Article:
Meet Enif, a supergiant star and the brightest member of the Pegasus constellation. Find out more about this star and its place in our skies.
|Other designations||Epsilon Pegasi, HIP 107315, HD 206778, HR 8308|
|Distance from Earth||690 light-years|
|Right ascension||21h 44m 11s|
|Declination||+09° 52' 30”|
|Exoplanets status||None known|
|Probable fate||Likely supernova|
Sometimes a particular aspect of a constellation becomes more famous than the whole. This is certainly the case with Orion and Ursa Major, where the three-star belt and the Big Dipper far out-fame other features in these sprawling constellations.
A similar situation occurs in Pegasus; the famous summer square is easy to remember and makes a great conversation piece, but what about the rest of the horse? You might only have a vague memory map of the horse’s legs and head, and when was the last time you actually went looking for the rest of the constellation?
You should, because if you don’t, you’re actually missing out on the prime jewel of the flying horse — the constellation’s brightest star, known as Epsilon Pegasi, or Enif.
Enif is an orange supergiant star that began to grow as its internal nuclear fuel reserves ran short, and it began to combine heavier elements. The growth is real in terms of diameter — Enif’s sphere is a fantastic 185 times wider than the Sun — but since there is no actual new mass being added, Enif has simply become more diffuse.
Naturally, Enif cools off as it pushes out (think of spreading out hot mashed potatoes to cool them faster). The more a star cools off, the more its color shifts toward red, giving Enif the obvious orange color we see today.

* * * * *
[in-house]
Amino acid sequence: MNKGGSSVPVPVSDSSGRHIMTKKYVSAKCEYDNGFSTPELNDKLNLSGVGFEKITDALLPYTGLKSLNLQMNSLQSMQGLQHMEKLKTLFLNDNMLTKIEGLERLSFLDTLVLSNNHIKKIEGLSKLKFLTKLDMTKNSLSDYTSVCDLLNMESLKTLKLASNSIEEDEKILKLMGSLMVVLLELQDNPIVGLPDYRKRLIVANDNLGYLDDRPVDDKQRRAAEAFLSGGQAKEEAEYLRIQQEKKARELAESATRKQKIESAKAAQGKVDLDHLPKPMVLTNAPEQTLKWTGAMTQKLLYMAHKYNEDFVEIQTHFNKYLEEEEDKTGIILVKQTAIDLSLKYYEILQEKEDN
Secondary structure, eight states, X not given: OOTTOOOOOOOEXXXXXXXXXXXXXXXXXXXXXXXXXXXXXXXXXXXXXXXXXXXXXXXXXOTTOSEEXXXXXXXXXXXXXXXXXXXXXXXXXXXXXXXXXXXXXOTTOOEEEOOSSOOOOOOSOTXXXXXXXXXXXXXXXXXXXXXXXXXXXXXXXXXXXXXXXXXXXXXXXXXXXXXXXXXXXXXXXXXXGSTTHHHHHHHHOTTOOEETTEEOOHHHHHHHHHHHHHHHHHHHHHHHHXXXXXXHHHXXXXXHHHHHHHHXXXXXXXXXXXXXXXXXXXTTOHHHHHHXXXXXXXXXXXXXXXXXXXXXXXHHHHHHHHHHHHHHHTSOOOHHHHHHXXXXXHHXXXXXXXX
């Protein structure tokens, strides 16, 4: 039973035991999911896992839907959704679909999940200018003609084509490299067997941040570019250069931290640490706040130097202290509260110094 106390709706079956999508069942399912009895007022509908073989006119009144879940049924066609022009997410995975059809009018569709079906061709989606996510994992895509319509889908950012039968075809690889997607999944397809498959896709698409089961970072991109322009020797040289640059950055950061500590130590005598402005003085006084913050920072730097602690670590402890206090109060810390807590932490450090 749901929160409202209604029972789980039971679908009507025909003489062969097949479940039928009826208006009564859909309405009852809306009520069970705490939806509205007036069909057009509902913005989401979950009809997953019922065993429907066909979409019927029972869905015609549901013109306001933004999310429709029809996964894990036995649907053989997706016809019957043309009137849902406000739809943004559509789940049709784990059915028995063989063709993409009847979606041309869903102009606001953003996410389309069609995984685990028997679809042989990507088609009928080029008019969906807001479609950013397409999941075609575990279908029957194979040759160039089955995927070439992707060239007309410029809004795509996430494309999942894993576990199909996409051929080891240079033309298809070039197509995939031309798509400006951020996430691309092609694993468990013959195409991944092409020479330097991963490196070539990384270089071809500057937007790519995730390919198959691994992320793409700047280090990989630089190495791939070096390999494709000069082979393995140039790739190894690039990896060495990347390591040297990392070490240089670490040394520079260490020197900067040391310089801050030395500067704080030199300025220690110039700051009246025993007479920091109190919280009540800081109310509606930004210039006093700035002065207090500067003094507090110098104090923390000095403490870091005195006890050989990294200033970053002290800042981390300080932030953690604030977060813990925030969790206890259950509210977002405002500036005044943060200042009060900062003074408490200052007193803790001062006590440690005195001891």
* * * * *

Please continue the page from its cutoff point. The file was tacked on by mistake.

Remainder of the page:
What its diffuse nature does not minimize however is Enif’s light output, as the star shines with a staggering luminosity of 5,000 Suns due to the large surface area. Bigger often, though not always, means brighter when it comes to stars. If Enif could replace the Sun in our solar system, sunglasses would surely not be enough.
But becoming a supergiant star isn’t without its accompanying growing pains. We’re used to the Sun’s steady and reliable output of consistent energy, but supergiants like Enif tend toward instability, sometimes dimming (like Betelgeuse did in 2020) or sometimes brightening significantly. Enif has done both, historically.
Remember that in astronomy, star brightness is measured on a logarithmic magnitude scale that operates reversed from what you might expect. Brighter stars have lower numbers, even negative ones (Sirius shines at -1.5), while fainter stars have larger numbers. In the case of Enif, it typically varies in brightness between 2.29 and 2.44, but faded to a dim 3.5 in November 1847. There was also a short period of extreme brightening in September 1972, when Enif briefly appeared at an amazing 0.7! Paying attention to and looking for these types of events is a way that amateur astronomers can contribute to real science.
Origin / Mythology